I am sure most readers are quite familiar with the cliche that testosterone (T) is what drives stereotypical “boy behavior” – aggressiveness, carelessness, impulsive behavior, risk taking, cheating, and of course the militaristic attitude characterized by lack of (or reduced) empathy. As I mentioned in several previous posts, most of these behaviors seem to be driven by stress hormones like cortisol and estrogen, while T seems to have a more or less opposite effect than what the stereotype describes.
This new study combines the results of two intervention trials and concludes that T does not impair empathy. The reason this study holds much more water than previous ones is that it actually administered T to the test subjects, and as such can distinguish between correlation and causality. In fact, it used several different doses to determine if T has dose-related effects – i.e. maybe it does not impair empathy in lower doses but does so in higher doses. Yet, no such effect was discovered and the study concludes that other observational trials claiming that T drives stereotypical male behavior are “statistically underpowered”. I think a much more accurate statement would be that those studies were fraudulent or at the very least cleverly manipulated (p-hacking anyone?) to demonstrate the desired effect. Namely, that high T is undesirable for males because it makes them unruly, stubborn, aggressive, etc. Of course, the suggested remedy is estrogen and that has been administered to men for decades as part of the “chemical castration” therapy for prostate cancer, or unknowingly to males in the entire population in the form of estrogenic, anti-thyroid endocrine disruptors (e.g. BPA, gossypol, etc) in the food/water supply. We all know how well that went…and actually still keeps going despite the evidence that T actually cures even very advanced prostate cancer.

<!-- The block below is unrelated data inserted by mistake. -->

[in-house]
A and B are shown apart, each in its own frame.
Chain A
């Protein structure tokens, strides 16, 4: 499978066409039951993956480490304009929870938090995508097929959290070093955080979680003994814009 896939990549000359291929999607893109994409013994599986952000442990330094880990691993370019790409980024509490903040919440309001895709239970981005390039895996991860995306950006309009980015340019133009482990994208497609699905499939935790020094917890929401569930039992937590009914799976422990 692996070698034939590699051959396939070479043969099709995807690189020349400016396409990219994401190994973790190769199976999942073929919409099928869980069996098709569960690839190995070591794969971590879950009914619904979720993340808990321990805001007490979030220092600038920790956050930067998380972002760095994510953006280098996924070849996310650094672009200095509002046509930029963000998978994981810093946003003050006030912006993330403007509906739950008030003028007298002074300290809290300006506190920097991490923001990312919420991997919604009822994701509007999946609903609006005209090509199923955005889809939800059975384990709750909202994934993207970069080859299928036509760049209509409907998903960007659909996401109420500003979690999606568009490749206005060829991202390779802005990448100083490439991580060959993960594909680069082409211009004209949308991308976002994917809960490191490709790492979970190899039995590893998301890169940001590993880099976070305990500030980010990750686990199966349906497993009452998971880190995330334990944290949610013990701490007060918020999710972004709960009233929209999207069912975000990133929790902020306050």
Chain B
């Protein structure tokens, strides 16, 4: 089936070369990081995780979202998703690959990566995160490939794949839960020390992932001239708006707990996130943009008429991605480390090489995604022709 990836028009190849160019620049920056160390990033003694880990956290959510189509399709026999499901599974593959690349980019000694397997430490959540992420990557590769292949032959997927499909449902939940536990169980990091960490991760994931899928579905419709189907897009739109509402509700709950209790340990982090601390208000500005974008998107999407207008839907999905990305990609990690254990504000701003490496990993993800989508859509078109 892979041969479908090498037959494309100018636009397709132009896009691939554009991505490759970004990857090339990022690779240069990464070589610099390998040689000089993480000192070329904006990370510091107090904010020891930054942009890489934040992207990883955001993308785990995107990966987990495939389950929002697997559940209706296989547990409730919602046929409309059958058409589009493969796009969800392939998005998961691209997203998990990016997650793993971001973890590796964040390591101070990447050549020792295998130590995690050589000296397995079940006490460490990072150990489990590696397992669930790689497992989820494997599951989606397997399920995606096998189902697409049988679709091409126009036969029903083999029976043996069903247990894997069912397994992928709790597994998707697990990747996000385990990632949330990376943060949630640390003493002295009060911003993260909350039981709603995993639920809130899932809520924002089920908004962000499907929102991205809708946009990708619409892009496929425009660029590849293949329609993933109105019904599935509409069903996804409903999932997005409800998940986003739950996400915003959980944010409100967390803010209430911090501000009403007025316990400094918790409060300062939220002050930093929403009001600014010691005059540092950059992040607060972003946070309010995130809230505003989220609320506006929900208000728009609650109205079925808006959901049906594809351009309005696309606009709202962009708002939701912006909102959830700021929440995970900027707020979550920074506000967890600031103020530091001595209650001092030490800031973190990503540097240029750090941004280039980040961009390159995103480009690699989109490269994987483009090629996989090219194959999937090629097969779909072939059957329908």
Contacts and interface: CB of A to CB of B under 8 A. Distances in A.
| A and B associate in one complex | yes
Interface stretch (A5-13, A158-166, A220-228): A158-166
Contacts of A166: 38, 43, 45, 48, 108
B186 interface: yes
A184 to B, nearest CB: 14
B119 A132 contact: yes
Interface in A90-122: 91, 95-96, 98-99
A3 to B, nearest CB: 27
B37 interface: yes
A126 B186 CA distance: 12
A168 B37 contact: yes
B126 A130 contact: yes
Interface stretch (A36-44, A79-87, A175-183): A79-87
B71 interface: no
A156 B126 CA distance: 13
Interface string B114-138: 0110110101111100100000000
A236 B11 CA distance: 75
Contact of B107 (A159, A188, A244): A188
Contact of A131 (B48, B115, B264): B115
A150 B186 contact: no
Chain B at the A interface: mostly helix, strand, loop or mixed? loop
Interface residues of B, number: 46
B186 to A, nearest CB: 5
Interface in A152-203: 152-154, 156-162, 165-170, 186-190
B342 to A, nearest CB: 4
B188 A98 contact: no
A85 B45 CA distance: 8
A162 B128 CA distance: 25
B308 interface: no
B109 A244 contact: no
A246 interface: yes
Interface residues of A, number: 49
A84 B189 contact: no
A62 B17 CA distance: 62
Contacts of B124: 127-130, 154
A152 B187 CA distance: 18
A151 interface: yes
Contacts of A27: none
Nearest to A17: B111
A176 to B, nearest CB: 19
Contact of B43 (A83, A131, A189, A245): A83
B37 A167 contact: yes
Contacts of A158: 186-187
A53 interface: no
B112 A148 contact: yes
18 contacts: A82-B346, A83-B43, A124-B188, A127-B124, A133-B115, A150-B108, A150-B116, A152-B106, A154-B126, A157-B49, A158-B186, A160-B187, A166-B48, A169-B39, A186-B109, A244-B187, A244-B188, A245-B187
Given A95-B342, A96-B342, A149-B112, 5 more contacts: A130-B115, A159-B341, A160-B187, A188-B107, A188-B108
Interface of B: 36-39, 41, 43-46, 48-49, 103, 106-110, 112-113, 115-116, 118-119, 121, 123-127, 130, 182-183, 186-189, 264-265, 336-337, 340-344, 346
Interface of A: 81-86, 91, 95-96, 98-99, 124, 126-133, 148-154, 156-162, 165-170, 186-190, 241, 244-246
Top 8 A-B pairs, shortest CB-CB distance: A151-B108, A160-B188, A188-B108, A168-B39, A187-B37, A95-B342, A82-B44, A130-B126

“…The capacity to infer others’ mental states (known as ‘mind reading’ and ‘cognitive empathy’) is essential for social interactions across species, and its impairment characterizes psychopathological conditions such as autism spectrum disorder and schizophrenia. Previous studies reported that testosterone administration impaired cognitive empathy in healthy humans, and that a putative biomarker of prenatal testosterone exposure (finger digit ratios) moderated the effect. However, empirical support for the relationship has relied on small sample studies with mixed evidence. We investigate the reliability and generalizability of the relationship in two large-scale double-blind placebo-controlled experiments in young men (n = 243 and n = 400), using two different testosterone administration protocols. We find no evidence that cognitive empathy is impaired by testosterone administration or associated with digit ratios. With an unprecedented combined sample size, these results counter current theories and previous high-profile reports, and demonstrate that previous investigations of this topic have been statistically underpowered.“